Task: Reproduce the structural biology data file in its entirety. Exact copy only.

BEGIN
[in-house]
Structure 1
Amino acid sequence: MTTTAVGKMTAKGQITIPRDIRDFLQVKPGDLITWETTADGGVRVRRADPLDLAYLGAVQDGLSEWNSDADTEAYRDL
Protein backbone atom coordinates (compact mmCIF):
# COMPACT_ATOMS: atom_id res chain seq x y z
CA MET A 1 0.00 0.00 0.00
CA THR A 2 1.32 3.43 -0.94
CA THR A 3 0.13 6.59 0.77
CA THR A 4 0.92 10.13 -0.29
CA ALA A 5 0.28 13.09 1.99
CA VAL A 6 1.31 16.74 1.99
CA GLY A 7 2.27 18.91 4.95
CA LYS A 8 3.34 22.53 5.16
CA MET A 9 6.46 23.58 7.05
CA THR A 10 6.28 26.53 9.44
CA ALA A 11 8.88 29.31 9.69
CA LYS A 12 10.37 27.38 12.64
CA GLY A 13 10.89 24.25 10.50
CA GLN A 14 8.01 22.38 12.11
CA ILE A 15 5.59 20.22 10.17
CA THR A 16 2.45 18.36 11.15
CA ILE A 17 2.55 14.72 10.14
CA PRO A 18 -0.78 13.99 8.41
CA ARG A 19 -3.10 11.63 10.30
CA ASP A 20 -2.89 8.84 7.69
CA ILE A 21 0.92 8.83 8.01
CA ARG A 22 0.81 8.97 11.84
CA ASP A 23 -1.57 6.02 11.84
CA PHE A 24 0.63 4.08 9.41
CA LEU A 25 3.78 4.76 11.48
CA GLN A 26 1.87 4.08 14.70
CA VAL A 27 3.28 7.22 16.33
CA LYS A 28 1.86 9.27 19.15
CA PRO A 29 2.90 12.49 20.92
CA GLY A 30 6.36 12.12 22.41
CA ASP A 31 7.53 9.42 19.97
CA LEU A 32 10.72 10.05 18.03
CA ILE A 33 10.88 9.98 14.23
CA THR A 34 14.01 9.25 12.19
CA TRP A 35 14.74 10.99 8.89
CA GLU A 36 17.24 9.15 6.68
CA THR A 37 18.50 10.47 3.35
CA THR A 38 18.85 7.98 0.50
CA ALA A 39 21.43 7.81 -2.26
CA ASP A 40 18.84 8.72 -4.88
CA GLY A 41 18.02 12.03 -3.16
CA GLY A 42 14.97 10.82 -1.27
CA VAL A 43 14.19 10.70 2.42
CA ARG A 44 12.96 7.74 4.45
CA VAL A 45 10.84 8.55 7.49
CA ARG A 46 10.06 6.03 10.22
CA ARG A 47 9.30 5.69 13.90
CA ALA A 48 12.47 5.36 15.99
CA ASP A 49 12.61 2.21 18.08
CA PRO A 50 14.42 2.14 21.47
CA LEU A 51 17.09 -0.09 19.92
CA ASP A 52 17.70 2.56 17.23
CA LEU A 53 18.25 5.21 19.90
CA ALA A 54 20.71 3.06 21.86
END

[in-house]
Structure 1
Amino acid sequence: MTTTAVGKMTAKGQITIPRDIRDFLQVKPGDLITWETTADGGVRVRRADPLDLAYLGAVQDGLSEWNSDADTEAYRDL
Protein backbone atom coordinates (compact mmCIF):
# COMPACT_ATOMS: atom_id res chain seq x y z
CA MET A 1 0.00 0.00 0.00
CA THR A 2 1.32 3.43 -0.94
CA THR A 3 0.13 6.59 0.77
CA THR A 4 0.92 10.13 -0.29
CA ALA A 5 0.28 13.09 1.99
CA VAL A 6 1.31 16.74 1.99
CA GLY A 7 2.27 18.91 4.95
CA LYS A 8 3.34 22.53 5.16
CA MET A 9 6.46 23.58 7.05
CA THR A 10 6.28 26.53 9.44
CA ALA A 11 8.88 29.31 9.69
CA LYS A 12 10.37 27.38 12.64
CA GLY A 13 10.89 24.25 10.50
CA GLN A 14 8.01 22.38 12.11
CA ILE A 15 5.59 20.22 10.17
CA THR A 16 2.45 18.36 11.15
CA ILE A 17 2.55 14.72 10.14
CA PRO A 18 -0.78 13.99 8.41
CA ARG A 19 -3.10 11.63 10.30
CA ASP A 20 -2.89 8.84 7.69
CA ILE A 21 0.92 8.83 8.01
CA ARG A 22 0.81 8.97 11.84
CA ASP A 23 -1.57 6.02 11.84
CA PHE A 24 0.63 4.08 9.41
CA LEU A 25 3.78 4.76 11.48
CA GLN A 26 1.87 4.08 14.70
CA VAL A 27 3.28 7.22 16.33
CA LYS A 28 1.86 9.27 19.15
CA PRO A 29 2.90 12.49 20.92
CA GLY A 30 6.36 12.12 22.41
CA ASP A 31 7.53 9.42 19.97
CA LEU A 32 10.72 10.05 18.03
CA ILE A 33 10.88 9.98 14.23
CA THR A 34 14.01 9.25 12.19
CA TRP A 35 14.74 10.99 8.89
CA GLU A 36 17.24 9.15 6.68
CA THR A 37 18.50 10.47 3.35
CA THR A 38 18.85 7.98 0.50
CA ALA A 39 21.43 7.81 -2.26
CA ASP A 40 18.84 8.72 -4.88
CA GLY A 41 18.02 12.03 -3.16
CA GLY A 42 14.97 10.82 -1.27
CA VAL A 43 14.19 10.70 2.42
CA ARG A 44 12.96 7.74 4.45
CA VAL A 45 10.84 8.55 7.49
CA ARG A 46 10.06 6.03 10.22
CA ARG A 47 9.30 5.69 13.90
CA ALA A 48 12.47 5.36 15.99
CA ASP A 49 12.61 2.21 18.08
CA PRO A 50 14.42 2.14 21.47
CA LEU A 51 17.09 -0.09 19.92
CA ASP A 52 17.70 2.56 17.23
CA LEU A 53 18.25 5.21 19.90
CA ALA A 54 20.71 3.06 21.86